She added that the Solicitor General's advice on Mr Dutton's eligibility, considering a potential Section 44 issue over his was stake in a child care centre that receives federal government funding, was "a little unclear".

The government has been left with 73 MPs in the House of Representatives, 74 including Speaker Tony Smith, while there are seven crossbench MPs and 69 Labor MPs.

A bid to suspend standing orders to even call the vote on whether to refer Mr Dutton needs an outright majority of 76 MPs - and unless Bob Katter backs the move or a government MP crosses the floor, it will be unsuccessful.

But if the move to suspend standing orders is successful, the Opposition only needs a majority of 75 to refer Mr Dutton to the High Court.

 

Independent MP Kerryn Phelps in Parliament House in Canberra. Picture: Gary Ramage
Independent MP Kerryn Phelps in Parliament House in Canberra. Picture: Gary Ramage

Dr Phelps slammed the government's threat to refer her and others to the High Court in retaliation as "dirty tactics", while Labor frontbencher Chris Bowen said it was a "pathetic joke".

"They can make all the threats they like about Dr Phelps or anybody else, Mr Dutton is the one with Constitutional questions to answer, not anybody else," he told Sky News.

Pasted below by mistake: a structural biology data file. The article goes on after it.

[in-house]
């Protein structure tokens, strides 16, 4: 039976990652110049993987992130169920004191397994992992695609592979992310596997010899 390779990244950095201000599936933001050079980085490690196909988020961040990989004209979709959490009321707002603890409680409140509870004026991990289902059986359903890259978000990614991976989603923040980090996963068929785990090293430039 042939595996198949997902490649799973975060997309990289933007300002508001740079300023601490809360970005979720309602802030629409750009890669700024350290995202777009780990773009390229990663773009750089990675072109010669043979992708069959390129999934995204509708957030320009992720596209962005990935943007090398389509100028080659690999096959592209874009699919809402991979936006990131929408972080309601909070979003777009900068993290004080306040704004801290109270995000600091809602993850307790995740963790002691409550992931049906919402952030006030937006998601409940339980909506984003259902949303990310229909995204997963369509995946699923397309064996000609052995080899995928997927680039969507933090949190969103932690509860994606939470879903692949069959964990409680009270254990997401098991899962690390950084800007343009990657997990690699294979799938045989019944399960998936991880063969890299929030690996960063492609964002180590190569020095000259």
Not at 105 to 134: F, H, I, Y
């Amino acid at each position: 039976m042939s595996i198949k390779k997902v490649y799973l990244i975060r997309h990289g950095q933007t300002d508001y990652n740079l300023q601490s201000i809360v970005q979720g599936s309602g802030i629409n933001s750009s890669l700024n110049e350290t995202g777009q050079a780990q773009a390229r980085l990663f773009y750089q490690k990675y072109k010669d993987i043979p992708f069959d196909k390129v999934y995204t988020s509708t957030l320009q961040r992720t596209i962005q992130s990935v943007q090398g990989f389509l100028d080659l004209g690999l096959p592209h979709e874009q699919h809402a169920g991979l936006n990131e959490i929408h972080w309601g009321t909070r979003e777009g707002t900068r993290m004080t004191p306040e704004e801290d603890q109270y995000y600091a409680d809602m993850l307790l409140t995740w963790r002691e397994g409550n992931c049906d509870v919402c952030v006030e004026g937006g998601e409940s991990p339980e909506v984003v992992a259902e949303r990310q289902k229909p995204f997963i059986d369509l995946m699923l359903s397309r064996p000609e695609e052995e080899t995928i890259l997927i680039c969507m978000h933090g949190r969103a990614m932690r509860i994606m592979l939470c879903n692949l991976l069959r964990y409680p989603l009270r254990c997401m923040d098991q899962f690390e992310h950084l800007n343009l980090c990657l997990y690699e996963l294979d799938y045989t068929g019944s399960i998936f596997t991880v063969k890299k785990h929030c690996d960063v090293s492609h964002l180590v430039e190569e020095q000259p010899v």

Prime Minister Scott Morrison and Minister for Home Affairs Peter Dutton speaks during a press conference. Picture: Getty
Prime Minister Scott Morrison and Minister for Home Affairs Peter Dutton speaks during a press conference. Picture: Getty

BANKS DID NOT TELL ME: MORRISON

Mr Morrison has confirmed Ms Banks did not tell him before she jumped ship yesterday, saying: "Of course that's disappointing".

Mr Morrison told 2GB radio this morning all Liberal MPs were "disappointed" by her move, but added: "We're not going to stop Bill Shorten by becoming Prime Minister by sitting around and being disappointed."

Sky News reported Ms Banks told some crossbenchers weeks ago she was planning to quit the party.

"I knew enough to be in the chamber yesterday to provide support that I felt that she needed in making such a brave move," independent Kerryn Phelps told Sky this morning.

"I think it's reasonable that somebody in that sort of situation would reach out to people who are in the environment they are seeking to enter for advice and support," Dr Phelps said.

News Corp has contacted Ms Banks for comment.